(NaturalNews) Nopal cactus, also well known as prickly pear cactus, has been a staple part of Mexican and Tex-Mex cuisine for centuries. The green pads of the nopal cactus are cooked and added to tacos, egg dishes, and Mexican salads. Research within the past ten years has caused nopal cactus to be considered a super-food, due to its antioxidant and cholesterol-reducing properties. The fruit of the prickly pear is rich in betalains. Several clinical studies suggest nopal cactus is beneficial for diabetics because it reduces blood glucose levels.
Nopal cactus can be prepared in numerous ways or eaten raw
Nopal cactus, known in Spanish as nopales
, is an easy vegetable to add to a variety of recipes. The spines are cut off of the pads, the pads are chopped or sliced, then sauteed with scrambled eggs or added to omelets. Nopal cactus is often added to pico de gallo, a fiery Mexican raw vegetable medley made with tomatoes, onions, jalapeno peppers, and cilantro. It can be served grilled or sauteed with onions as a garnish for fajitas, or eaten raw in salads.
The neon red prickly pear, the fruit of the nopal cactus, tastes like a cross between bubblegum and watermelon. To prepare prickly pear, the spines are cut off and the skin is removed. This leaves the flesh and seeds of the fruit. Both are edible raw as is, or can be juiced and added to beverages and other recipes.
Nopal cactus may be considered a super-food due to its cholesterol-lowering capabilities
While Mexicans have been enjoying nopal cactus for centuries, the vegetable is trending as a super-food in the natural health and raw food community in the U.S. This may be because of medical research in the past decade which confirmed that nopales
has the ability to lower LDL cholesterol
levels. A 2003 medical study published by Nuclear Medicine Review: Central and Eastern Europe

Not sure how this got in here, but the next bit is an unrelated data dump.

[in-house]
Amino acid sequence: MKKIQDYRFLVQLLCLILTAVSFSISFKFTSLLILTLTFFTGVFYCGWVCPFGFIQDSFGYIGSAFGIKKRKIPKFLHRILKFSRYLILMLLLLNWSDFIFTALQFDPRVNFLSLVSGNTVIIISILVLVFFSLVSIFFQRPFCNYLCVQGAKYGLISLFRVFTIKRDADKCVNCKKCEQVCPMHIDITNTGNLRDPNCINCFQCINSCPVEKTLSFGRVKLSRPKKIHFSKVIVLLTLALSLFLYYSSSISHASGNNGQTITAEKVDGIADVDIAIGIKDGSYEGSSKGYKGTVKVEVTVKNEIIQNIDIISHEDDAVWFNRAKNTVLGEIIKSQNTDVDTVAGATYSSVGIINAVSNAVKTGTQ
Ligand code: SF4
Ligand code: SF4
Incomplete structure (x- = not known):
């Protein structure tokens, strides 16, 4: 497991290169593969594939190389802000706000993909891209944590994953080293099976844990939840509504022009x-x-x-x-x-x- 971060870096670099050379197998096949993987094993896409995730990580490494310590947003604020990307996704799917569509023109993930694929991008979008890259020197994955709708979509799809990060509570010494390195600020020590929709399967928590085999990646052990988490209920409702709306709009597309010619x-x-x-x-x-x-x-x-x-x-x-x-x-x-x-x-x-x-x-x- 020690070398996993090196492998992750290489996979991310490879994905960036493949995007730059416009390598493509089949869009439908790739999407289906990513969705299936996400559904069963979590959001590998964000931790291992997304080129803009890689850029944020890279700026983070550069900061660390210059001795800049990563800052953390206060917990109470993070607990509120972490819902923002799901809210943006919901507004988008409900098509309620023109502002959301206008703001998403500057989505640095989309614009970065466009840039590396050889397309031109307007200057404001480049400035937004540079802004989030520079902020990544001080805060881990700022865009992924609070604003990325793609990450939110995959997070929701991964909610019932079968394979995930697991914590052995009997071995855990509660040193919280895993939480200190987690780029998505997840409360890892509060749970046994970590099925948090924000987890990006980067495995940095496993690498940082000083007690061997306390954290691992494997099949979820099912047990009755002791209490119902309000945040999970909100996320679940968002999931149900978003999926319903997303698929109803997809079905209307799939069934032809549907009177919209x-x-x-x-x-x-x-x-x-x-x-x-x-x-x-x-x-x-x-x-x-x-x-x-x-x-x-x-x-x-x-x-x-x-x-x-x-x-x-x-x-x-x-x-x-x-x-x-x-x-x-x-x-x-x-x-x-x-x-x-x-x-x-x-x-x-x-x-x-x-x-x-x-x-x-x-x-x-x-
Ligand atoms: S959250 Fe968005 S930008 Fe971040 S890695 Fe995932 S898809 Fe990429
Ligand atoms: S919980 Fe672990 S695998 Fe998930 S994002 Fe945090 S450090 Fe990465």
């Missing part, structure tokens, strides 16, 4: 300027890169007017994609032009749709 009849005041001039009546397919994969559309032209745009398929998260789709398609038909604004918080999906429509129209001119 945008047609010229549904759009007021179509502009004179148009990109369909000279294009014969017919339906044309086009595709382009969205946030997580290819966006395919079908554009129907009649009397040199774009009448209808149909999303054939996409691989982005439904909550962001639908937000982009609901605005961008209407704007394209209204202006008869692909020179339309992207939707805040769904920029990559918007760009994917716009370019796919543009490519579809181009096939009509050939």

demonstrated that ten patients with high blood cholesterol levels were given dietary counseling for six weeks, then asked to eat prickly pear
cactus for six weeks. The scientists found that these patients' livers were able to handle the regulation of LDL cholesterol significantly better by eating prickly pear cactus.
Nopal cactus fruit may also be considered a super-food because of its antioxidant properties
Prickly pear fruit has gained interest in the scientific community recently because it may contain the richest source of betalains in the plant kingdom. Betalains are phytochemicals which are unique to nopal cactus
, beets, and Swiss chard. It is the chemical which gives these vegetables their ruby red color. Betalains are glycosides, which means they help to reduce blood glucose levels. Medical research performed in the 1990's showed the benefits of nopal
cactus for diabetes.
The antioxidant properties of betalains protect the inner lining of blood vessels and the lymph system. A 2004 clinical study published in Annals of the New York Academy of Sciences
states that the betalains in prickly pear were clearly demonstrated to protect vascular endothelial cells from the free radical effects of redox alteration from cytokines, the "signal" proteins that regulate the immune system.Sources for this article include:
Pubmed.gov, "Prickly pear induces up-regulation of liver LDL binding in familial heterozygous hypercholesterolemia," B. Palumbo, et al. Nuclear Medicine Review: Central and Eastern Europe
2003; 6(1): 35-9. http://science.naturalnews.com/pubmed/14600931.html
Simply Recipes.com, "How to Cut and Prepare Prickly Pears," by Garret McCord http://simplyrecipes.com/recipes/how_to_cut_and_prepare_prickly_pears/
Pubmed.gov, "Antioxidant betalains from cactus pear (Opuntia ficus-indica
) inhibit endothelial ICAM-1 expression." C. Gentile, et al. Annals of the New York Academy of Science
; 1028: 481-6. http://science.naturalnews.com/pubmed/15650274.htmlAbout the author:
This article is provided courtesy of Donna Earnest Pravel, owner and senior copy editor of Heart of Texas Copywriting Solutions.com
. Get free weekly tips on natural healing and herbs by visiting her blog, Bluebonnet Natural Healing Therapy